This last project however, put the cap on it. Let's face it... yours truly is not getting any younger, so it should have been no surprise, really that the phrase 'by the skin of my teeth' is being bandied about. Landing in the U.S after 60 hours of travel did nothing positive for my system and yet, did I do the logical thing and fall asleep ? No. Thanks to my marked reluctance to work on the paper at any point of time over the last 7 months, I pulled an all-nighter (this after 2 beers and a round of cards) and wrote it in one go, last Sunday. The first instinct was to congratulate myself on another herculean feat pulled off but I found that I could not. Right then and there, I told myself that procrastination, much as I love it, has to be cut down before it costs me. You see, people tend to pat you on the back & all is joy, jollity and song when the close shaves occur. When you are 'effed however, you stand alone and mirth-inducing themes such as 'things could be worse' and 'we are like this only' don't exactly have you breaking out into ready guffaws. The 'I be bambooed' experience is not on my list of must-do's before I make my way back to the pavillion.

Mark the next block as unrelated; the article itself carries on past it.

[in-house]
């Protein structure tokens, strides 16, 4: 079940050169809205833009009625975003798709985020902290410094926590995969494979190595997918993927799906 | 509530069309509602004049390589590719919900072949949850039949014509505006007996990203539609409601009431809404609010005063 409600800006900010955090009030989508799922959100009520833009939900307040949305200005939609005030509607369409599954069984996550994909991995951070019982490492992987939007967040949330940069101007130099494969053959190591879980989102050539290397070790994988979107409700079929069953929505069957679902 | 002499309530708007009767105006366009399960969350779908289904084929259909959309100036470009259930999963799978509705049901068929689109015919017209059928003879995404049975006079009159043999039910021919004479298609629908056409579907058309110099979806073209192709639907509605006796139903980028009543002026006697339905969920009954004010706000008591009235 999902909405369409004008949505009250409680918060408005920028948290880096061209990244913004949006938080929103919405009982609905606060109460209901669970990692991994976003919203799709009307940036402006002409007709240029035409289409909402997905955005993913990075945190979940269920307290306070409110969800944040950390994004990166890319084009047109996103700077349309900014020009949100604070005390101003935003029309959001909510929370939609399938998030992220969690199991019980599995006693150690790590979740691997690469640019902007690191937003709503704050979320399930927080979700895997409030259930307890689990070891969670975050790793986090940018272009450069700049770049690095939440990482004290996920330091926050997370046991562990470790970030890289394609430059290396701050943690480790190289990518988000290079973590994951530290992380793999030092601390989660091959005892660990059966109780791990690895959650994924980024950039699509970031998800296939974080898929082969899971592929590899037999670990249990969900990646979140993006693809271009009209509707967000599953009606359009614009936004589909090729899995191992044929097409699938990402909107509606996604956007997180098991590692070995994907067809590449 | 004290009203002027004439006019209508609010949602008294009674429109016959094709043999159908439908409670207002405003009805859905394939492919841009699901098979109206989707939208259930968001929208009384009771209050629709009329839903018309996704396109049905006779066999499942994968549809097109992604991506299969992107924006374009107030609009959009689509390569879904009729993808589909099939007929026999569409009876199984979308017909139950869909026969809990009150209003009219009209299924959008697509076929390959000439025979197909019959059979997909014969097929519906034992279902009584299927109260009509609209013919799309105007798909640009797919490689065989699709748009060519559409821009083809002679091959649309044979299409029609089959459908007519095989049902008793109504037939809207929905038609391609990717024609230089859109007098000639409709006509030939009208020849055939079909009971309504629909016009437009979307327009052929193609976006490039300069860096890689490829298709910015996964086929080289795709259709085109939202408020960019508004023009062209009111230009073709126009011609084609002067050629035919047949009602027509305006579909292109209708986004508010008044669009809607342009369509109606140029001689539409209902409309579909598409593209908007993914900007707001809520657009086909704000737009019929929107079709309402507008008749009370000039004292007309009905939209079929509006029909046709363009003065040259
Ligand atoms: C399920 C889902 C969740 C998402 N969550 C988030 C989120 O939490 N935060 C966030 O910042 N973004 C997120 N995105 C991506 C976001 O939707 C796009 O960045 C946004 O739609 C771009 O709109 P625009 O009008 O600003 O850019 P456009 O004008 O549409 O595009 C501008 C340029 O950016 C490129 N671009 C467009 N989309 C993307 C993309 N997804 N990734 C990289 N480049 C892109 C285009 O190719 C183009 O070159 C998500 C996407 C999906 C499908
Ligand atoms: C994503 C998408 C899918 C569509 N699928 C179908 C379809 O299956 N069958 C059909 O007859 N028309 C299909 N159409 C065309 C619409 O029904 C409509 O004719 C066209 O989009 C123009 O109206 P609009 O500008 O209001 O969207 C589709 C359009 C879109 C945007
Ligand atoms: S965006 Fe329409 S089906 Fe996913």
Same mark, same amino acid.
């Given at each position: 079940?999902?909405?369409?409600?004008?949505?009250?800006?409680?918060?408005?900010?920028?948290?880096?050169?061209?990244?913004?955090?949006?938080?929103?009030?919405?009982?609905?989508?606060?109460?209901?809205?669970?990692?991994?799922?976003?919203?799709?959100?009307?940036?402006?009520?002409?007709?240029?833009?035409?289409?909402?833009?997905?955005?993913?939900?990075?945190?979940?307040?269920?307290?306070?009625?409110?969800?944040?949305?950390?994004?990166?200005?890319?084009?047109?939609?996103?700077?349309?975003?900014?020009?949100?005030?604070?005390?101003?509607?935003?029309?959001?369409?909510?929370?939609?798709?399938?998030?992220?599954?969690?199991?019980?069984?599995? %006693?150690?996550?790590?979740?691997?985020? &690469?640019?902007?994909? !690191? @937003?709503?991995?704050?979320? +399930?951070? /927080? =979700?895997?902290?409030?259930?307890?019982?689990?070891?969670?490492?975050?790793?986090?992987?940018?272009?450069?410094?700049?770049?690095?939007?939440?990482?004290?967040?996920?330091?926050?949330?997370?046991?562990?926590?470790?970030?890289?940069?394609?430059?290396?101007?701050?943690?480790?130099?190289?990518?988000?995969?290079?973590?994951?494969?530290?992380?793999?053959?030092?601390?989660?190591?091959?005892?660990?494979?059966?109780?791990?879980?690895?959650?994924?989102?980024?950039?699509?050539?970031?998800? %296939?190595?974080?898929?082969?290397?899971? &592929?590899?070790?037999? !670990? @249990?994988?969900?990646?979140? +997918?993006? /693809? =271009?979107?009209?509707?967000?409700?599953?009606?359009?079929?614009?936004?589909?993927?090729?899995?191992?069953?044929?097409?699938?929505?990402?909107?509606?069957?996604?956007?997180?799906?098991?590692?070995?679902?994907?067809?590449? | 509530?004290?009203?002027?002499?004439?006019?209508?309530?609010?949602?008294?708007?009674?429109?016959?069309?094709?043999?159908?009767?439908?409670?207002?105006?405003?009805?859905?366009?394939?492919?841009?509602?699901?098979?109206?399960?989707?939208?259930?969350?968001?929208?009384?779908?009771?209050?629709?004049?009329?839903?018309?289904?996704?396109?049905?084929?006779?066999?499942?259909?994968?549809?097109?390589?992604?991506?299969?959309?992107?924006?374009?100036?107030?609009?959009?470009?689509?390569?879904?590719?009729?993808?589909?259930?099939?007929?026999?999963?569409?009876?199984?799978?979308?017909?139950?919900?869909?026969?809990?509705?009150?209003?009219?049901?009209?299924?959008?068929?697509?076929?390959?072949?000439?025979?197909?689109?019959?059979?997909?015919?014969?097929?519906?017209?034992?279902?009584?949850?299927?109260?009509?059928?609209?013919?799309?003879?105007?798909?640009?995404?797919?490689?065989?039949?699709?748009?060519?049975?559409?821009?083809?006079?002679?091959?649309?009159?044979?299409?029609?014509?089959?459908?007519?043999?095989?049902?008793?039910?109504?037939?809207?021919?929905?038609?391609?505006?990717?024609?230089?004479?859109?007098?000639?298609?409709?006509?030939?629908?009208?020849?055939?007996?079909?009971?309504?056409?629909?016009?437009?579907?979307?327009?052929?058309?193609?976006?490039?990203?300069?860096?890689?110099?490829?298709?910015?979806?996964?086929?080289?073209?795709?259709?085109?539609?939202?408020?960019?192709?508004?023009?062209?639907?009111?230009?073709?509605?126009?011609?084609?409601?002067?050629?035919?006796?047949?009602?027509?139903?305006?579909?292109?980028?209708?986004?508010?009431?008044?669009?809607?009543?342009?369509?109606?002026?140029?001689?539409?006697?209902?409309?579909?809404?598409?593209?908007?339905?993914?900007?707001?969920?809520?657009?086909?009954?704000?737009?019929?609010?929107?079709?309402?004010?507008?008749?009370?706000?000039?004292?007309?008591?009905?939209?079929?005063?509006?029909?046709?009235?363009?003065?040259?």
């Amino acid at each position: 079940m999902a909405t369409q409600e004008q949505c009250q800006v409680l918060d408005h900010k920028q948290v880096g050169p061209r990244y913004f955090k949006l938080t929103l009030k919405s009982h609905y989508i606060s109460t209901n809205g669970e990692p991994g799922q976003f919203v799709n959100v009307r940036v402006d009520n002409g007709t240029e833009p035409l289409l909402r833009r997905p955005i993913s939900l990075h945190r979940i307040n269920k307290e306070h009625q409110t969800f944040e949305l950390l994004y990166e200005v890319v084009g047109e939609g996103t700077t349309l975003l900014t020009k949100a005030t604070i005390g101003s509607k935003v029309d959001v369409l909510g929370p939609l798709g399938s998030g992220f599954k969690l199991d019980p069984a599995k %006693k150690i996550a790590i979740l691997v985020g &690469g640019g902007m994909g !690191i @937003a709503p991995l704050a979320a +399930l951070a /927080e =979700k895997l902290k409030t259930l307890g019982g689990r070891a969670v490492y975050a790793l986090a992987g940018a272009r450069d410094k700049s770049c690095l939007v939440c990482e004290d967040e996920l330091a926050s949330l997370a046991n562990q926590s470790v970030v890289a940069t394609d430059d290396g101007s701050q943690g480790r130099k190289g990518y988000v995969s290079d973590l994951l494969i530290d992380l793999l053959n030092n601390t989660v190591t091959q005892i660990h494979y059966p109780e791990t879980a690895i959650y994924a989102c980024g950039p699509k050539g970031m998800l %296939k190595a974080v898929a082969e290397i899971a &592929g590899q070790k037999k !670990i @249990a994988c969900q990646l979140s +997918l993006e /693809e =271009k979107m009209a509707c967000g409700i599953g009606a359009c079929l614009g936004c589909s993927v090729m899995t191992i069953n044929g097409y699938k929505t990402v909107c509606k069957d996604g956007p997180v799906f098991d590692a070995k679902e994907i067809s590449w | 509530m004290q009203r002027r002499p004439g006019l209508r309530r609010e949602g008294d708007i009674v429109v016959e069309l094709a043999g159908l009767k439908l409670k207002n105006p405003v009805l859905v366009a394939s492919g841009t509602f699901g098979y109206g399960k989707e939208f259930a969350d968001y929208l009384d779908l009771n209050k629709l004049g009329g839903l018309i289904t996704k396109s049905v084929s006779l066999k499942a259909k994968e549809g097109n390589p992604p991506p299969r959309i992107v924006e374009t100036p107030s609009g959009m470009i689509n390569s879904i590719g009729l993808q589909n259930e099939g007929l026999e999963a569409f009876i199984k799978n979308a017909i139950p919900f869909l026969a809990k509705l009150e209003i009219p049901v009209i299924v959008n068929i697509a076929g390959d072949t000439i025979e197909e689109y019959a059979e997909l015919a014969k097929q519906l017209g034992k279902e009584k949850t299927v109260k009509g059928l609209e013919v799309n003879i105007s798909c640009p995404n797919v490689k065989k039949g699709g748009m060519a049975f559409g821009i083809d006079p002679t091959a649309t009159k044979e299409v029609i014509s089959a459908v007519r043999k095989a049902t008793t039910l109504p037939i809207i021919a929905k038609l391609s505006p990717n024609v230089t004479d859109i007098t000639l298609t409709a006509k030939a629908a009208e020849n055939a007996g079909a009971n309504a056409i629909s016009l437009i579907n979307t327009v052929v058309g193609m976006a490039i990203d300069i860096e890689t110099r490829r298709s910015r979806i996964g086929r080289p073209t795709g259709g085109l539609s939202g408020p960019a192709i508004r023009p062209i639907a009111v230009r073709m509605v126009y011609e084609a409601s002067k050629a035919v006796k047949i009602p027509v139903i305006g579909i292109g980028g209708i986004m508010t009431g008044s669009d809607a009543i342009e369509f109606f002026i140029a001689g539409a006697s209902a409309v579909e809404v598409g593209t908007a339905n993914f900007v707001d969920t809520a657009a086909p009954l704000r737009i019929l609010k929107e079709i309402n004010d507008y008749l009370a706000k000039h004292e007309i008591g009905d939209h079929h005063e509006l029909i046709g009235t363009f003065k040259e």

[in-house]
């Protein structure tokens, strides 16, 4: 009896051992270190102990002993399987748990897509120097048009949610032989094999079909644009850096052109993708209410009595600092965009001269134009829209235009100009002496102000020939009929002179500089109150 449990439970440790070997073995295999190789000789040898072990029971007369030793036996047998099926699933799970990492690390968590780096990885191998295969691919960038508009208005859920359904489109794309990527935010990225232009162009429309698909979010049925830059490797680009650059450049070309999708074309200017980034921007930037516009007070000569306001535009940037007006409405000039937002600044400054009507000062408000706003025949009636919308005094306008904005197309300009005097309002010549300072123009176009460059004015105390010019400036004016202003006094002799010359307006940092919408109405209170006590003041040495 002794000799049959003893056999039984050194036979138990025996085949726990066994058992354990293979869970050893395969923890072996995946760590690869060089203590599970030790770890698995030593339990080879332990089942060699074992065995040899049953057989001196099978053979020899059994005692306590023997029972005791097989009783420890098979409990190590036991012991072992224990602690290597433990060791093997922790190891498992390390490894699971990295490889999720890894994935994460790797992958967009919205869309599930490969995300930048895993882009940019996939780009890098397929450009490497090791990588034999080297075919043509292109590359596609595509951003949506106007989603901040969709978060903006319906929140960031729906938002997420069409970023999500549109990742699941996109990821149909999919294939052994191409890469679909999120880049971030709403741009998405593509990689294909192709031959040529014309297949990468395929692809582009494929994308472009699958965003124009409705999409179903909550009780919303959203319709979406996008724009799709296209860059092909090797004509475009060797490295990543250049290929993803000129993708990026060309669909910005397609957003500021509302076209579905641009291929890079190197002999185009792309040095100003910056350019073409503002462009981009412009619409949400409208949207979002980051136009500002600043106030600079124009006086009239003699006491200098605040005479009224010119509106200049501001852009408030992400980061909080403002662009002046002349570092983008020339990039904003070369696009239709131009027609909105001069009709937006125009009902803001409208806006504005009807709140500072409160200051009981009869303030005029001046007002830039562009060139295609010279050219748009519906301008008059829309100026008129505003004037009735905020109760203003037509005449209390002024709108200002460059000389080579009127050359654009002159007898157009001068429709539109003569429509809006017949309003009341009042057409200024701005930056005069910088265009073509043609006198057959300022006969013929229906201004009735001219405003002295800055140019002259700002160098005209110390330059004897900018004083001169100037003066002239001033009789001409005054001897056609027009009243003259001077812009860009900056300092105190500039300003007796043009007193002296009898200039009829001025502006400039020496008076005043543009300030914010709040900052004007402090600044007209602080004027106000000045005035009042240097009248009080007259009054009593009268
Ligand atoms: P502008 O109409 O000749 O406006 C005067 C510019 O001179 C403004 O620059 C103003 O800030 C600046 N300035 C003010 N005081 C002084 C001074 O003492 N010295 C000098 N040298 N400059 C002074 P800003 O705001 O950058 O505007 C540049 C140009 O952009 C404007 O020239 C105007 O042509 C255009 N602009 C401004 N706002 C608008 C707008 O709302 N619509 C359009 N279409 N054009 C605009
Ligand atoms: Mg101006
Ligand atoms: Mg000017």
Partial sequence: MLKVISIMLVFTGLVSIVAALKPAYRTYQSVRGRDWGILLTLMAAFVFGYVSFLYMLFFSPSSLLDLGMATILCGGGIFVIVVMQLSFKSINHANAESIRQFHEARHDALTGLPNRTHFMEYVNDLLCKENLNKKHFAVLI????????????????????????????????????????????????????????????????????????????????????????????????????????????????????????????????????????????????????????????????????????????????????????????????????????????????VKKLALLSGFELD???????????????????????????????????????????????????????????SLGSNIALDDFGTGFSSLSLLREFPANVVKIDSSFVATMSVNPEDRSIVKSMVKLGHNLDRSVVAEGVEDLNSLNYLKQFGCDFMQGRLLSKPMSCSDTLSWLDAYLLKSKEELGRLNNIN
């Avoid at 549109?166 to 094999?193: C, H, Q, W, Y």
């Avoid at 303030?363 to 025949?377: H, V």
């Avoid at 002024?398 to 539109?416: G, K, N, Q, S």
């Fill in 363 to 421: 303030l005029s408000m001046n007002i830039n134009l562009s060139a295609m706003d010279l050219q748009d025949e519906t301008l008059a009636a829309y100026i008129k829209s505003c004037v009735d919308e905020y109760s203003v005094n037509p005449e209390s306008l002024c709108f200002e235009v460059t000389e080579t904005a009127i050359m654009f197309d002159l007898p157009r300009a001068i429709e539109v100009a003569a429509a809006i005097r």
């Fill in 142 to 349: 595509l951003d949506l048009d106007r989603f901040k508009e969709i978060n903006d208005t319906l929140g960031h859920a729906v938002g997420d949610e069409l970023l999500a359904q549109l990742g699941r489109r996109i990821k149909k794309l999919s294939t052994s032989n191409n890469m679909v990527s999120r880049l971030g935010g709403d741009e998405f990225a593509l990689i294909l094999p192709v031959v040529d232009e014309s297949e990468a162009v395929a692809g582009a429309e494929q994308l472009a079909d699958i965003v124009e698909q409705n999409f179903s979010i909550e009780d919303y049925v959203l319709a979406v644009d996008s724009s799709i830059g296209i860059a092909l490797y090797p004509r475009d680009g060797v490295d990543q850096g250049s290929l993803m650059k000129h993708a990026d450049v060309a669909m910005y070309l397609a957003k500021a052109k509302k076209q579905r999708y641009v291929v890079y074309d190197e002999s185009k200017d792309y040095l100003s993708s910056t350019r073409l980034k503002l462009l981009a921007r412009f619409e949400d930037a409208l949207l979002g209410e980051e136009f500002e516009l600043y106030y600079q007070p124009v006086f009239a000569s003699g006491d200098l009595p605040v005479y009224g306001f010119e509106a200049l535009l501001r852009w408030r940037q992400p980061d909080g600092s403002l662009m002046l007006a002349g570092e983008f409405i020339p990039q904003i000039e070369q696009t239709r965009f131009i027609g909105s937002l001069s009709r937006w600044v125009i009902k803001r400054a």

At this juncture, let me touch upon something I've noticed over the past year. Call it a subconscious trend, but one apparently is not allowed to bitch, whine, crib or engage in any similar emotion, in the company of one's peers. It's just not done. If some poor unfortunate does vent, s/he is told to pipe down in no uncertain terms, either with the help of generous measures of alcohol or some handy maxim. If neither of these work, the venter is accorded the status generally reserved for plague and a subtle pattern of avoidance begins. Since when we became all Victorian and stoic, I don't know. I could be wrong about all this, but if it is something you've also noticed, reader, I'd like to know.